Stan White, a retired high school teacher whose son Andrew, a Marine Iraq veteran, died in his sleep due to what White views as an overdose of prescription drugs supplied by the Veterans Affairs Department, said while the IG report shows Defense finally is acknowledging there is a problem with overprescribing and tracking drugs, he cannot comprehend why it still cannot track prescriptions. "I do not understand with the modern electronic technology why it is so difficult to maintain and track the medical record of our troops." White said.
Dr. Peter Breggin, an Ithaca, N.Y., psychiatrist who questions the use of psychotropic drugs, said the IG report shows "that overmedicating and polydrug prescription is out of hand. It does not get at the root problem, which is stopping psychiatrists from prescribing all these drugs."
To control the use of prescription drugs, senior leaders in the Wounded Warrior Battalion recommended installing an Electronic Medication Management Assistant system, a computerized medication dispenser for either inpatient or outpatient use. The Army at Fort Bragg, N.C., uses EMMA.
Despite potential benefits, the battalion was unable to get approval to use EMMA from the Navy Bureau of Medicine because it was concerned the system might not be compliant with the 1996 Health Insurance Portability and Accountability Act known as HIPAA, the IG reported.
Vice Adm. Matthew Nathan, the Navy surgeon general, said in a Jan. 31 response to the IG report that EMMA is a vendor-specific system and there are other electronic and nonelectronic ways to manage drug dispensing in the wounded warrior barracks.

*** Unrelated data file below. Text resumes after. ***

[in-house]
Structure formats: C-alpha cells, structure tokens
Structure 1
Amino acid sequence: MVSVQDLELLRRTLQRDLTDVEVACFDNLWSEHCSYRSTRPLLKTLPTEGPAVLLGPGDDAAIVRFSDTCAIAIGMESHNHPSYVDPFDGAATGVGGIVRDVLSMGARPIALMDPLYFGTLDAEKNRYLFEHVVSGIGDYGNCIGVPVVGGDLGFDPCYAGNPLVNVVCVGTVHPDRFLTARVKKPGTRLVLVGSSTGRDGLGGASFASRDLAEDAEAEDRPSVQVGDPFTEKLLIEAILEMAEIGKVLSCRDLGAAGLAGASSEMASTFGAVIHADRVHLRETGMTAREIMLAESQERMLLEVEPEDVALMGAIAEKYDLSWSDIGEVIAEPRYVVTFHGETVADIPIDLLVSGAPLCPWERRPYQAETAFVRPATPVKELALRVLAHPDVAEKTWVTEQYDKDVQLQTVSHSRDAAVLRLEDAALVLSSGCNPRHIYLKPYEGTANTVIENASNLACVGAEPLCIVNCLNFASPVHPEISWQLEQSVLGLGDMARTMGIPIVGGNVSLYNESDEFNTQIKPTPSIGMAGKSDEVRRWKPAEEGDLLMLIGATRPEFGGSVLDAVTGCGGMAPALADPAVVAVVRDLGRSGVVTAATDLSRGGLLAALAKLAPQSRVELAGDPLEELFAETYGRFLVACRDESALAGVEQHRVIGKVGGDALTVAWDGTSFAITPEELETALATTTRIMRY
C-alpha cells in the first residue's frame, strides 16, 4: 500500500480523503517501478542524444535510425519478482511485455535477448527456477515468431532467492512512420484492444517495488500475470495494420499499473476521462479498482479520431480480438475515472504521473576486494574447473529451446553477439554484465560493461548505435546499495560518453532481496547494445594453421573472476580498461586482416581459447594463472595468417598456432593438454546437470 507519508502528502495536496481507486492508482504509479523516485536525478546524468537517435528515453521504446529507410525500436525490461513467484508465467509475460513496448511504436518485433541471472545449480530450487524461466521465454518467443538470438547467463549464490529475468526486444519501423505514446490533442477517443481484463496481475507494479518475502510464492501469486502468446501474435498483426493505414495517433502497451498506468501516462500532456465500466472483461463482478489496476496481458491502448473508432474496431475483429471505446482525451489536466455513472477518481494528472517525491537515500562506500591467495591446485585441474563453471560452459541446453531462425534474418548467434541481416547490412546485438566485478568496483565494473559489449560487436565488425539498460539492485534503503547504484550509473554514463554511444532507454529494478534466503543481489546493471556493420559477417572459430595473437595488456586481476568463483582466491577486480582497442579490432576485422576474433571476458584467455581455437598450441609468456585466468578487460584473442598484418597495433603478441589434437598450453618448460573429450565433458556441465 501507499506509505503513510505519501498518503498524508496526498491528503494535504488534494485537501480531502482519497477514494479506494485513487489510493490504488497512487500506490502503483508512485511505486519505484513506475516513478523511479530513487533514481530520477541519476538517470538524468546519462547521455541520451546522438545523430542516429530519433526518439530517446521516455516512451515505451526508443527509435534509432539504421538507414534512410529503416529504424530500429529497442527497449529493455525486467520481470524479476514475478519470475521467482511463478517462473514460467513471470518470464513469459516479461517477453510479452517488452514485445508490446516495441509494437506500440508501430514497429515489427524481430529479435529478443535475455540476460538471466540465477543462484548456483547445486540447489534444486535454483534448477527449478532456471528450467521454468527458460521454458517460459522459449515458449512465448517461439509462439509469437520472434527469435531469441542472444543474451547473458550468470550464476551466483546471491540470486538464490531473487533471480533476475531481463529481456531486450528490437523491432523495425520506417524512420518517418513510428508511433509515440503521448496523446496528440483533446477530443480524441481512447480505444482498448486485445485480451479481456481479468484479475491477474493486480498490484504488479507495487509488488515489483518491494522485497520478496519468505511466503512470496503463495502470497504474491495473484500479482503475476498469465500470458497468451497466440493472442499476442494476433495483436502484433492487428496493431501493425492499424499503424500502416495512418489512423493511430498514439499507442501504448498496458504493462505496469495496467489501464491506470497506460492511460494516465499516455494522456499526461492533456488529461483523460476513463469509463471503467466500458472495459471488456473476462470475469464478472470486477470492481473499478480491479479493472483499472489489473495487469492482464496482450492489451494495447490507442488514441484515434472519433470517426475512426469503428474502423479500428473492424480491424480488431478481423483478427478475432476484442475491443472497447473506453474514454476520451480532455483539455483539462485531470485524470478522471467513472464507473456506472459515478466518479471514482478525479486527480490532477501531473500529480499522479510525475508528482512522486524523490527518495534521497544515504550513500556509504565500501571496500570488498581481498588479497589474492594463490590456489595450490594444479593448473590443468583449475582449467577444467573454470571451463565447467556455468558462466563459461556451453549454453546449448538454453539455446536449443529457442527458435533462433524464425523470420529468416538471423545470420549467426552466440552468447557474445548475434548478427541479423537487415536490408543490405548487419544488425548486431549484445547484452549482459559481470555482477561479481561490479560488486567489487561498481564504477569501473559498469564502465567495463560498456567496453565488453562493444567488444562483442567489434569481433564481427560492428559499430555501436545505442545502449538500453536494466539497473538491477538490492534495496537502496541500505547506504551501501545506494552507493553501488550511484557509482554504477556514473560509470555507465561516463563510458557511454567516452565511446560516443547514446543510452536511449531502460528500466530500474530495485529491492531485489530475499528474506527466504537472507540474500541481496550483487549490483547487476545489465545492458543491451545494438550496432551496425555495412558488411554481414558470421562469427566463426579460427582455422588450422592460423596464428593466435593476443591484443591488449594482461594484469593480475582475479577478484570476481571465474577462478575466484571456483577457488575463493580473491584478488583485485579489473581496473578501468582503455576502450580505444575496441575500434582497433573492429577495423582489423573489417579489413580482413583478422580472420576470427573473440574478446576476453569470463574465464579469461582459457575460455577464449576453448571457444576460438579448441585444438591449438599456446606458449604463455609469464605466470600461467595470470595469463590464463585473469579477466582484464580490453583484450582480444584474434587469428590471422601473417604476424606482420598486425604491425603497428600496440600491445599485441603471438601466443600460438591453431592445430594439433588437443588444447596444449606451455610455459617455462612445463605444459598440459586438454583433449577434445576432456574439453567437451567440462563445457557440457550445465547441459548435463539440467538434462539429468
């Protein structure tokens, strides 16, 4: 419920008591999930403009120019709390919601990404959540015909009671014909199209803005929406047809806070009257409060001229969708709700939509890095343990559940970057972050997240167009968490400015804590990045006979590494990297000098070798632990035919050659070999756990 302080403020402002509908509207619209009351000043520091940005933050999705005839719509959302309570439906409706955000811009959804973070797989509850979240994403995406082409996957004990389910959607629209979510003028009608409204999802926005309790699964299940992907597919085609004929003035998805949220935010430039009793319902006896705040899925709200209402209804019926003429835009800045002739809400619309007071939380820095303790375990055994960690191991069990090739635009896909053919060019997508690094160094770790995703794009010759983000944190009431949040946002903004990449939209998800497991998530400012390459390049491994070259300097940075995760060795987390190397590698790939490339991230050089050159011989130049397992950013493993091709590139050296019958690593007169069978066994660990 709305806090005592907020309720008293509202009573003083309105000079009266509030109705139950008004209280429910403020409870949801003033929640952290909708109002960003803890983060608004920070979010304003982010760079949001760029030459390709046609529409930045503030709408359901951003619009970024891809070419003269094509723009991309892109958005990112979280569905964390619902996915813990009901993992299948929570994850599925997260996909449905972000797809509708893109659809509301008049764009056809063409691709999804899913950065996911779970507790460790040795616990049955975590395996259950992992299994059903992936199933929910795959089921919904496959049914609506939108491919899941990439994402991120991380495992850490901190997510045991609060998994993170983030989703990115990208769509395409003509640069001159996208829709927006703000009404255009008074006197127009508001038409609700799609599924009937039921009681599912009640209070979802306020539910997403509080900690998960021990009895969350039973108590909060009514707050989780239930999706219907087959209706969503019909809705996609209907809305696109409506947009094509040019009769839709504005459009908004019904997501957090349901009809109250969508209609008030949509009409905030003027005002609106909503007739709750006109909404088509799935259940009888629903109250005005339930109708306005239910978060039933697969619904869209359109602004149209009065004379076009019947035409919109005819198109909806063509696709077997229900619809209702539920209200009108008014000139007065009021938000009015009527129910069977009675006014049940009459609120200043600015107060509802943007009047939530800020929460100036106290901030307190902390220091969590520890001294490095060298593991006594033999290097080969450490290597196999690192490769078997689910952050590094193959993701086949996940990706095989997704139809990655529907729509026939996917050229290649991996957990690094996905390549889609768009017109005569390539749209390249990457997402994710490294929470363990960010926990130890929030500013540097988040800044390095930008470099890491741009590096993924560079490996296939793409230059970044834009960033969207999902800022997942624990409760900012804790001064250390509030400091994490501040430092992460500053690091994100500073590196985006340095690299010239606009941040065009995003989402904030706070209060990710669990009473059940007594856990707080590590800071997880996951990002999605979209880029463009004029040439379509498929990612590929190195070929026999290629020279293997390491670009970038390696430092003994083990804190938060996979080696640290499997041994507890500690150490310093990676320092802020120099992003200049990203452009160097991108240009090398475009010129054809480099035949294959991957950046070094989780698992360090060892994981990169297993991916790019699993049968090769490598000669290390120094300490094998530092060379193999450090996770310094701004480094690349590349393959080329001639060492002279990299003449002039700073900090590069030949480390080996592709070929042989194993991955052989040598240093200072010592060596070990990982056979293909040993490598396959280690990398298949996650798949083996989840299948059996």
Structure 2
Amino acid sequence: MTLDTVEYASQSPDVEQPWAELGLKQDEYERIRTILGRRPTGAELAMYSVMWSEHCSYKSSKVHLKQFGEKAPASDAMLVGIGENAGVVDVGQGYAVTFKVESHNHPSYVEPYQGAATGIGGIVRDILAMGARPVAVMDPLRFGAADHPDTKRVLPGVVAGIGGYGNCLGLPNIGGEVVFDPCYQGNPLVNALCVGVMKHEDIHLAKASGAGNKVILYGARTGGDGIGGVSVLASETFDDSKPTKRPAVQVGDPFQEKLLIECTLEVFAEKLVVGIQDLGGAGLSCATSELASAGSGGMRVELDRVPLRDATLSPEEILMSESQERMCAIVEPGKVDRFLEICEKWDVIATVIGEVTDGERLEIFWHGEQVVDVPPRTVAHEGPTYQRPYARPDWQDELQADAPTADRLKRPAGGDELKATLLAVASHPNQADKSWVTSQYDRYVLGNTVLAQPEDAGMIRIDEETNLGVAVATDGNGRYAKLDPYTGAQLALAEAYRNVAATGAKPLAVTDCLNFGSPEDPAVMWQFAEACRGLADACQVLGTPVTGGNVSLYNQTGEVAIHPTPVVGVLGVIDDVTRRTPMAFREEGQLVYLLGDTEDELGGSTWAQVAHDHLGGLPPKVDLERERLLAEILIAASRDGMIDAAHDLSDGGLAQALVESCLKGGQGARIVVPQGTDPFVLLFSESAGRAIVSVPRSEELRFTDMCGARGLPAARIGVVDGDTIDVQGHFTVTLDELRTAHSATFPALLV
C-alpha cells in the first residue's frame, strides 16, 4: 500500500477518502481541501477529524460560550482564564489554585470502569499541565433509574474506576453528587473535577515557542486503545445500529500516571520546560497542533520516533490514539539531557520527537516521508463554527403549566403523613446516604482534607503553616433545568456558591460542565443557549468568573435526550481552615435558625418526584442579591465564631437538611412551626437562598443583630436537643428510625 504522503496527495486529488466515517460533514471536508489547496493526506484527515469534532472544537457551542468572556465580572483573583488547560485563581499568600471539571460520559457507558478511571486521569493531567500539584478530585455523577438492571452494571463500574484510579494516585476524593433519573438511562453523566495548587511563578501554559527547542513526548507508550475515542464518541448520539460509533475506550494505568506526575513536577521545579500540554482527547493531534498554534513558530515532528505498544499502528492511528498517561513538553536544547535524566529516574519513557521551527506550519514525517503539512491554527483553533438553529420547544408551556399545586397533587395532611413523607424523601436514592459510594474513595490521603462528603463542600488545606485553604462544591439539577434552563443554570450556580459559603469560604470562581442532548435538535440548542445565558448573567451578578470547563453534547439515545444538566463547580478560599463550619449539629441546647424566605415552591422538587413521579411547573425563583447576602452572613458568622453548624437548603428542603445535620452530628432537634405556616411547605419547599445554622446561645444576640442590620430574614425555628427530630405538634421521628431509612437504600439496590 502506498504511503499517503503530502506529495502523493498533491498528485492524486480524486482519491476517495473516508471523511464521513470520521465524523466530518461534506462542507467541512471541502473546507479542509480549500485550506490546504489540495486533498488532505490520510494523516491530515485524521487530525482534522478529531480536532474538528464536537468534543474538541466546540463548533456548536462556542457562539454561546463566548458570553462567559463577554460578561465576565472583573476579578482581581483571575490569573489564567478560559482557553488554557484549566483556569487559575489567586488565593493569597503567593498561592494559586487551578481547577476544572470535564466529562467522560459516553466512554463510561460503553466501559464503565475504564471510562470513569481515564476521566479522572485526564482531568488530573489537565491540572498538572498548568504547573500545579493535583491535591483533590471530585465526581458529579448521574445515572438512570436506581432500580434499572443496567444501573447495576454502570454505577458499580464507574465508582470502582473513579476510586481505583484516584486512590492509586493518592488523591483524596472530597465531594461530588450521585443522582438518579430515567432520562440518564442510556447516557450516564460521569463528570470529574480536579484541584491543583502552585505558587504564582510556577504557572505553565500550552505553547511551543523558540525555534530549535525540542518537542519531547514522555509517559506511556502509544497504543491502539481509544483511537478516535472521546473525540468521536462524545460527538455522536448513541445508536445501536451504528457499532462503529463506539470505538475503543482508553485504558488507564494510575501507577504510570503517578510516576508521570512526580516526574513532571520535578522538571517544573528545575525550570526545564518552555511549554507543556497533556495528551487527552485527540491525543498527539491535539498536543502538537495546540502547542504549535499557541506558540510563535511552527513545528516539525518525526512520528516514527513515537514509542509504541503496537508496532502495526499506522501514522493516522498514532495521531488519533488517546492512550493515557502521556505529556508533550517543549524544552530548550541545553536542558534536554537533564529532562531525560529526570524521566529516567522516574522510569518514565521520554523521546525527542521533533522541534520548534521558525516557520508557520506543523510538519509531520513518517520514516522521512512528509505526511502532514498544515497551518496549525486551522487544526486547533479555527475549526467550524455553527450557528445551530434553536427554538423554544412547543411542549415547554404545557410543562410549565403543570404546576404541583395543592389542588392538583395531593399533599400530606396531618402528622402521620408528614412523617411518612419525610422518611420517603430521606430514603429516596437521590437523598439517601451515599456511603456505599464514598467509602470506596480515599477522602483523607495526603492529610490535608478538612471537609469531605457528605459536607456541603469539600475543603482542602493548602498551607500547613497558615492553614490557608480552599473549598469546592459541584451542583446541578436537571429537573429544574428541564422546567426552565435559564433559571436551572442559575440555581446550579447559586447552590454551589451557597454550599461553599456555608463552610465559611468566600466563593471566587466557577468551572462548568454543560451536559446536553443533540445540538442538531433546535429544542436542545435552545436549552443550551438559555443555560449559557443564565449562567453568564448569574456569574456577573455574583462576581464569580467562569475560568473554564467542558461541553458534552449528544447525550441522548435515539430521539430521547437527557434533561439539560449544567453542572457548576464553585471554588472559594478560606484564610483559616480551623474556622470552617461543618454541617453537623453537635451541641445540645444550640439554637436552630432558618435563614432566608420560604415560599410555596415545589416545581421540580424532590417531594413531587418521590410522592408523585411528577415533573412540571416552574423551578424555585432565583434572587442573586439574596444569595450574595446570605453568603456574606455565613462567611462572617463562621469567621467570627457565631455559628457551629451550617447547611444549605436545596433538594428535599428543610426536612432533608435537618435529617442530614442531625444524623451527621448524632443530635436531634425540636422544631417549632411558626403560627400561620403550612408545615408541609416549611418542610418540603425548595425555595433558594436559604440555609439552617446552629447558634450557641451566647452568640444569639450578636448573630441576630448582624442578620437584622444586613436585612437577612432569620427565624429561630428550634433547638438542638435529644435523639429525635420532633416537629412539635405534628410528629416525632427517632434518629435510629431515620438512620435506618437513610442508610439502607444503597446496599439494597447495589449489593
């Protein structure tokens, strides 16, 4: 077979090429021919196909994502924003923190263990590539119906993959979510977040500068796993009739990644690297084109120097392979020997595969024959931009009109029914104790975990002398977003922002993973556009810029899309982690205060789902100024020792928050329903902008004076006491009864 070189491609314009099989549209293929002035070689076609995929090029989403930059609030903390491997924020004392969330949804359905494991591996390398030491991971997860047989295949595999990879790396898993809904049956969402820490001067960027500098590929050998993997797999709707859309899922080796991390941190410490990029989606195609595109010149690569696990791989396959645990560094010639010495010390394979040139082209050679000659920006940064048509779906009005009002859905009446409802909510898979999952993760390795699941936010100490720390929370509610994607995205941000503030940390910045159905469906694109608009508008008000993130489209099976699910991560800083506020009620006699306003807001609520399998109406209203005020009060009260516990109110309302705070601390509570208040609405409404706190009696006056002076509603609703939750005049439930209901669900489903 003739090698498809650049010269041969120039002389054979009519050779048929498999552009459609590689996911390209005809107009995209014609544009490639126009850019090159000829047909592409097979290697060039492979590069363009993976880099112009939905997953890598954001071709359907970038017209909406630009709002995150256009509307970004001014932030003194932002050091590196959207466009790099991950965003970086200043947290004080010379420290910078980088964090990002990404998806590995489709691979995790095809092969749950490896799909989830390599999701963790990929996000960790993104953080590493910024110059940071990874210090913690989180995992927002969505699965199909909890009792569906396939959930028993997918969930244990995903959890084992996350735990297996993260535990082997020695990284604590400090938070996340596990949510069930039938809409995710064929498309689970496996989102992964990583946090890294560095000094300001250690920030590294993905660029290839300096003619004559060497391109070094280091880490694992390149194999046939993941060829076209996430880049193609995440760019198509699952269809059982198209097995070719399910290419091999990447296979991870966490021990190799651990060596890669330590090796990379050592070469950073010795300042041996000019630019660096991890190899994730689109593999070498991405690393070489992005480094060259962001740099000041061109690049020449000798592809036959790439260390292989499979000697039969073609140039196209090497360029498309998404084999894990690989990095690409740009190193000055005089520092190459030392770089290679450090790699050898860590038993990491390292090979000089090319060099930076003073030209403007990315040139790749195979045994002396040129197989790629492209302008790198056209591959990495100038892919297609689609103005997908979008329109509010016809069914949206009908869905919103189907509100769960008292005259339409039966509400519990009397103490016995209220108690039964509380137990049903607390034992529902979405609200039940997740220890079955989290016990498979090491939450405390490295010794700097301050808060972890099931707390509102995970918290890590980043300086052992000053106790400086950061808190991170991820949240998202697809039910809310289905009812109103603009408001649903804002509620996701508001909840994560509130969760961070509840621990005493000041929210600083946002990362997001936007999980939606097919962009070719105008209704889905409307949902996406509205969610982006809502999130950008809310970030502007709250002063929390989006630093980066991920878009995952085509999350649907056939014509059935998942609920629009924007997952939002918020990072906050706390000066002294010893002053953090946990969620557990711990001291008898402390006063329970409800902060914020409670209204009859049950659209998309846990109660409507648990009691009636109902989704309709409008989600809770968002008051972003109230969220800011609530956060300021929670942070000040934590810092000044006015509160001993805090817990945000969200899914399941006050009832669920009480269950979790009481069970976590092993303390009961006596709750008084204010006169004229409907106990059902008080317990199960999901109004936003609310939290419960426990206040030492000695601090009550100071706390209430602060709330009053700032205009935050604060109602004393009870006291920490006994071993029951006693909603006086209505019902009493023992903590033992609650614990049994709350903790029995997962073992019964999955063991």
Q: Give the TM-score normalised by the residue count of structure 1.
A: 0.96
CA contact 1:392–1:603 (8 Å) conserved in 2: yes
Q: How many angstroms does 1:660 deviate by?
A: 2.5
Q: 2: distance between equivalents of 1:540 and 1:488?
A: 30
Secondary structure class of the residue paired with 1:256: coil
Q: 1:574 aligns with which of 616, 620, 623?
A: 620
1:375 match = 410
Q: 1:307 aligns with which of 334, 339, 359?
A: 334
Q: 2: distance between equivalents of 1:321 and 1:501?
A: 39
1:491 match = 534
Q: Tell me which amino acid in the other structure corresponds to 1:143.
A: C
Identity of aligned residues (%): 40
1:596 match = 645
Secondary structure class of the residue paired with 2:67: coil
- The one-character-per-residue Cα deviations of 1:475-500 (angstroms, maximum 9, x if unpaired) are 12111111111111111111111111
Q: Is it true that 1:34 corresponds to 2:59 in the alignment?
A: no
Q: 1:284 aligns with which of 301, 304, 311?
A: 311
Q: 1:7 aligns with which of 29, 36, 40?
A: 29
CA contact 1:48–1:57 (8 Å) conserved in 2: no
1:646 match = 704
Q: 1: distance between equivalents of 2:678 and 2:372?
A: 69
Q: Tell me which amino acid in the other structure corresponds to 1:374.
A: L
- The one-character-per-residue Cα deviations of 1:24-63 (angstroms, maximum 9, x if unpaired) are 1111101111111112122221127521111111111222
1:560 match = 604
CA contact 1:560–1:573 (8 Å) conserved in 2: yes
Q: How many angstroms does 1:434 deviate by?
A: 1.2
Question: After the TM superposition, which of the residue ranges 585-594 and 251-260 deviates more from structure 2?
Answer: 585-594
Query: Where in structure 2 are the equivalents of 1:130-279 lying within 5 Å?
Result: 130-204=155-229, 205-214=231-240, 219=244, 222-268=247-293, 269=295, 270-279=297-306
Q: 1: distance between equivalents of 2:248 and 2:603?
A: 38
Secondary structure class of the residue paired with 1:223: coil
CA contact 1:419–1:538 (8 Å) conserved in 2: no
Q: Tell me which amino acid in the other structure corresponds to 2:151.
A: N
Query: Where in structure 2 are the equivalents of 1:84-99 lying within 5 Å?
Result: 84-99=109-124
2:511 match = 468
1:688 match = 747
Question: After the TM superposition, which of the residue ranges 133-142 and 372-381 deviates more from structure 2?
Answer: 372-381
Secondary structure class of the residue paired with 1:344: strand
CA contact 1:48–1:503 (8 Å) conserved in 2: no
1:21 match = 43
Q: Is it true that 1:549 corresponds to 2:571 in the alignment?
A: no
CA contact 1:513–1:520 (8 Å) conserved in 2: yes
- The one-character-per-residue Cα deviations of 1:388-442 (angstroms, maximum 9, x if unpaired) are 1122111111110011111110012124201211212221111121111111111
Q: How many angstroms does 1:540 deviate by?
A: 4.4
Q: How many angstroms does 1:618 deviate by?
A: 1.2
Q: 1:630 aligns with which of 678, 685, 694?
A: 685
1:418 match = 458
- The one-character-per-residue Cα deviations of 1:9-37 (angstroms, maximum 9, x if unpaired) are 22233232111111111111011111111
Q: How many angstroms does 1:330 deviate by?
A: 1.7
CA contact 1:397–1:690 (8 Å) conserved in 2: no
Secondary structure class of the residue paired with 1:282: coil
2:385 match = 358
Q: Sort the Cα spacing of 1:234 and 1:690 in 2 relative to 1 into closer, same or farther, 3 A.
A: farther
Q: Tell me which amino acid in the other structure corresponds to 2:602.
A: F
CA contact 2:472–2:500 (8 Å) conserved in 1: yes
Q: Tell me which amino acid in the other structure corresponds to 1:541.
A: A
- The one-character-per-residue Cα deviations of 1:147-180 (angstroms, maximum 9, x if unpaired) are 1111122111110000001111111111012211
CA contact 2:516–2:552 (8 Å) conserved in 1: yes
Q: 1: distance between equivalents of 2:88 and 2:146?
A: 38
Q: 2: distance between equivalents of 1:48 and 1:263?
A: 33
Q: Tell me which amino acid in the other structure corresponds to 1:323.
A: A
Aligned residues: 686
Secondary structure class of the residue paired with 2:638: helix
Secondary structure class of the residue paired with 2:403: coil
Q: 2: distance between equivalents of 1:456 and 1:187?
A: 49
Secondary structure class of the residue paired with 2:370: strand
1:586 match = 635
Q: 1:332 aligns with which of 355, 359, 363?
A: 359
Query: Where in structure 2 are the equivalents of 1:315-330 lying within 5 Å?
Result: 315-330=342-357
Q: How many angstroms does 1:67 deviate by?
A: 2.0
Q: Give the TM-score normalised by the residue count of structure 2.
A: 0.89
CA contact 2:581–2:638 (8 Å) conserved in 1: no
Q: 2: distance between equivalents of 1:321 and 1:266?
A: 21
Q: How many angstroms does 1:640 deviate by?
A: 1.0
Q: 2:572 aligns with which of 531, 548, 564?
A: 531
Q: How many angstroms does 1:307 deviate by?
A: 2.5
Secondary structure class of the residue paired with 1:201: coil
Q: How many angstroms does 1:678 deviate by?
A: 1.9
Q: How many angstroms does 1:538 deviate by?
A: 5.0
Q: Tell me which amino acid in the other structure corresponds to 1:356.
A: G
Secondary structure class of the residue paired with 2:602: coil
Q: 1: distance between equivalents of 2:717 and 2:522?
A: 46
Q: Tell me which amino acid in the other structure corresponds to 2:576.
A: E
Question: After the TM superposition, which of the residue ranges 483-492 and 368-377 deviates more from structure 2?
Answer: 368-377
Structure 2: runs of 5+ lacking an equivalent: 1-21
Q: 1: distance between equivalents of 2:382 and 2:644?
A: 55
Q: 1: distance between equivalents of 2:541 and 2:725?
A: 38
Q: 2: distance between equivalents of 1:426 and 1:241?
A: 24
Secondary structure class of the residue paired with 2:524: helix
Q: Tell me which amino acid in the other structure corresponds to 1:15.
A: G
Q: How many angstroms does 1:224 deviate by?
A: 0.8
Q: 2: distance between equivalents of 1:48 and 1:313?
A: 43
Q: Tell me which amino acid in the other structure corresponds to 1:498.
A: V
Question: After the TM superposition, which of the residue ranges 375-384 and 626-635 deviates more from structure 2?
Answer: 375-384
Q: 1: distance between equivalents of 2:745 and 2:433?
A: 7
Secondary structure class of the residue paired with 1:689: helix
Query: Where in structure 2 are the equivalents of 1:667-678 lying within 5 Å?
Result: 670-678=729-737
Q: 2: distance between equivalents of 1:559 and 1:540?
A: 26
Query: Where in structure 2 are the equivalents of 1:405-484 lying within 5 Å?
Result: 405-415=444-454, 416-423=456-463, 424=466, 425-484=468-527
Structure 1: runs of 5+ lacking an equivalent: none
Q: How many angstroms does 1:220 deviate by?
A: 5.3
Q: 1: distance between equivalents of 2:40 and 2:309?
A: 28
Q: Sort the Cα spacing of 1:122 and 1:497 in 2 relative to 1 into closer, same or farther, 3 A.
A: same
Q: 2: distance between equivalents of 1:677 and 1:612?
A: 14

Lt. Col. N.E. Davis, commander of the Camp Lejeune Wounded Warrior Battalion, said in a Dec. 22, 2011, reply to the IG report that in order to control drug abuse the unit issued a new prescription reconciliation policy in October 2011 focused on medication inventory, pain management, and identification of and assistance to high-risk patients.
This policy bars personnel in the unit from going to medical providers or clinics in the civilian community unless they are authorized by the unit or the detachment's primary care manager.
The Wounded Warrior Battalion also has established a urinalysis screening program to test for drug use, Davis said, and has tapped the Naval Criminal Investigative Service to search for drugs in the barracks.
Breggin said military leaders must do much more. "There needs to be a complete overhaul from the top down of military psychiatry to stop the current policy of pouring drugs into our soldiers as if they were a combination of experimental guinea pig and marketing bonanza for the drug companies," he said.
By Bob Brewin
April 11, 2012